After a particularly rough night last night, the lovely nurses at the hospital arranged a special treat for the prego. I'm itchy from some kind of biosalt imbalance for which I receive pills four times a day, my body aches like I've been held hostage in a Chinese prison for the last 10 years, and I've learned that sitting up is the best way to sleep and not get kicked all night long. Anyway, not to expound too greatly on my grievances, I was a little out of sorts this morning, and Shelly mentioned that there was a whirlpool bath that I could use to relax and maybe have a little relief from all my aches and pains. After lunch (at which point, I experienced the joys of a diabetic "bottoming out" and had to have restorative OJ), I showered in preparation for my whirl. I had to dispense with all modesty, but the nurses helped me into the tub and filled it with warm water and started the jets for me at which point I had to remind myself that I was not in heaven. The water helped to ease the pressure of three little men jumping around in my midsection. I stayed in the whirlpool for so long, that when I left, I was extremely pruney and very relaxed. While I twirled about in the bath, Bob stayed in the room and "watched" the Ranger game with his eyes sometimes opened. This new treat is now available to me every day, but I think I'm going to save it for the days when things are really sore as I'm not generally a person who likes to take a bath after a traumatic incident involving my first apartment, roaches, and the bathtub which still gives me shivers to think about. Just knowing this option is available makes the scratching, aching, and restlessness a little easier to bear.
The thing Bob and I look forward to the most in this whole lovely hospital experience is the growth scan of the boys. We were supposed to have our scan on Friday, but the doctor was running out of time and postponed it until later. On Sunday as Bob and I were napping - sleeping double in a single bed (which is pretty impressive considering my frontal protrusion), they called us for a scan. We were worried that something was wrong, but Dr. Payne just had a little extra time on his way to the gun range and worked in our growth scan. Since learning about the whole diabetes thing, one major side effect for the kids is that they are generally bigger than your average baby. Well, let me tell you, we've got quite a gang growing in my midsection. This has led to my pelvis aching and my upper thighs betraying me as I try to walk to the bathroom along with the itchiest stomach in the world, but every little ache and pain is worth it as our kids get bigger and healthier.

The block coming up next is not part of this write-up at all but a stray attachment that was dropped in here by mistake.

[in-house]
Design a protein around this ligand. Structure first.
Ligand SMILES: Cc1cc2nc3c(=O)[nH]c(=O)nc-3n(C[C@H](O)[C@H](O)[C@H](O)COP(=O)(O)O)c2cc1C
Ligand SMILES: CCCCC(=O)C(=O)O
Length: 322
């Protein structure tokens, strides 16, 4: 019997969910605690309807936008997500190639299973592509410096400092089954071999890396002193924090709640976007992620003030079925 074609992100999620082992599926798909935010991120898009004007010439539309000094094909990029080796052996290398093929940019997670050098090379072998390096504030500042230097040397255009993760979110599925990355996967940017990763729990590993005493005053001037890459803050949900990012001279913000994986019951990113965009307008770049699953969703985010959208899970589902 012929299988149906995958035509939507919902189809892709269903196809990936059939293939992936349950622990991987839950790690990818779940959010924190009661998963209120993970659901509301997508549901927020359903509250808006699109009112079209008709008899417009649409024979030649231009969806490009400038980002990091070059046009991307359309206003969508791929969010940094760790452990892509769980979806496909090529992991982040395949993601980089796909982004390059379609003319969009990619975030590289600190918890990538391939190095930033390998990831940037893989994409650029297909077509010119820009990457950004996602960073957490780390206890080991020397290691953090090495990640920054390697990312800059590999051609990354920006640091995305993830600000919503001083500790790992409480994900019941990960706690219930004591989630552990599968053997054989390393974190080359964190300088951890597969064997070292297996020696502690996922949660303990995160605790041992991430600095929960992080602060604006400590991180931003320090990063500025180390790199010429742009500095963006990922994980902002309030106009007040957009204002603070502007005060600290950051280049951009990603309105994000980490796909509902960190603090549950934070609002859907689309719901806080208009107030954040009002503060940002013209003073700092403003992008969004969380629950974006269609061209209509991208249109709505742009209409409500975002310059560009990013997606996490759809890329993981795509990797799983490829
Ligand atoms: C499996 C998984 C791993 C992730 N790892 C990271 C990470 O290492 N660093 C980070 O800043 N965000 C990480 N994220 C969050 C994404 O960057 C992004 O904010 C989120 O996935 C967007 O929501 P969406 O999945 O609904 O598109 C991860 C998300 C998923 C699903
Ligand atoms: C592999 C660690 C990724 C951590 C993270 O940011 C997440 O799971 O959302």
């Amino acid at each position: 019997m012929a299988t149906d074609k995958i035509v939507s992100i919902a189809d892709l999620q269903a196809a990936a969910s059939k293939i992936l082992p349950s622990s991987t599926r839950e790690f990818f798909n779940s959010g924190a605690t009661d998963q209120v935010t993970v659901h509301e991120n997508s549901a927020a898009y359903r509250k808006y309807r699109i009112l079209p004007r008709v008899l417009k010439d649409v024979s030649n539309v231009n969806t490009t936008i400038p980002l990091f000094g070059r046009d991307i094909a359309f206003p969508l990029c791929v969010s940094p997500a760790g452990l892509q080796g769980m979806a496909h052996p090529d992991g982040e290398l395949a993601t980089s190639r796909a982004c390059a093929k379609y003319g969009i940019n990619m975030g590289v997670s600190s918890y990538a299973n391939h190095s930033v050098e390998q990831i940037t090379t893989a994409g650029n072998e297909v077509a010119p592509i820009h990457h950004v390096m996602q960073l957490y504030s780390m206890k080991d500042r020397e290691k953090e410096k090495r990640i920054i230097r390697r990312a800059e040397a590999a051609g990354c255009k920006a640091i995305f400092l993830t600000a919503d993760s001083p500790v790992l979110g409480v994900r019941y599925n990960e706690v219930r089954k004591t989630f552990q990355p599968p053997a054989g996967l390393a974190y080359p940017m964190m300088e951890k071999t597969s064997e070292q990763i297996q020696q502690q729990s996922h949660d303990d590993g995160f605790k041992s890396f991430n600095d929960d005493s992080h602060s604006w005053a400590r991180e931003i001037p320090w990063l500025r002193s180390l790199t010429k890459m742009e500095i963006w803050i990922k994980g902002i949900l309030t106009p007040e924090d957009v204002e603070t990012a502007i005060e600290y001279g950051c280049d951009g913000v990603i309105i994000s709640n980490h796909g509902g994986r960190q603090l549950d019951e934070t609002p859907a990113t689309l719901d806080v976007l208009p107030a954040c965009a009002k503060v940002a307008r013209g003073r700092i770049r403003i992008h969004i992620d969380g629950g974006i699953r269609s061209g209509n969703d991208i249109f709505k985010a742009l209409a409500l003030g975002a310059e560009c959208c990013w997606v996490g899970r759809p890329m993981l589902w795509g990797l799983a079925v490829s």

As always, the doc goes in A,B,C order as he scans the kids. Baby A was right on track for his age at 2 lbs 10 oz. We were relieved to hear that. Baby A has been spending the majority of his time somewhere in my upper thigh and kicking me like crazy when I lay on my left side. He does not appreciate being squished by me as well as by his brothers. Then the doc measured Baby B which he proclaimed was our "porker" at a whopping 3 lbs 8 oz. Baby B's paternal grandmother has now nicknamed him "Moose" which cracks me up. I do notice that Baby B doesn't seem to move around as much as the other two - it must be his love of food (he's definitely my child) has limited his space. Baby C, who has been riding this whole pregnancy out on the top of the heap is 3 lbs 4 oz. He is my squiggliest child as he never stays on the monitor and is always moving around the top of my belly in search of mischief - most of which involves kicking at that elastic band on my pants. All three boys are looking good as far as their fluid, and Bob asked the doc if he was a betting man how many more weeks we have in us. Of course, no one likes to venture a guess, but he says he's pretty sure we'll make it to 32 weeks. That made both of us feel pretty good. Although things can change on a dime with all of blood pressure, sugar issues, etc that multiples bring with them.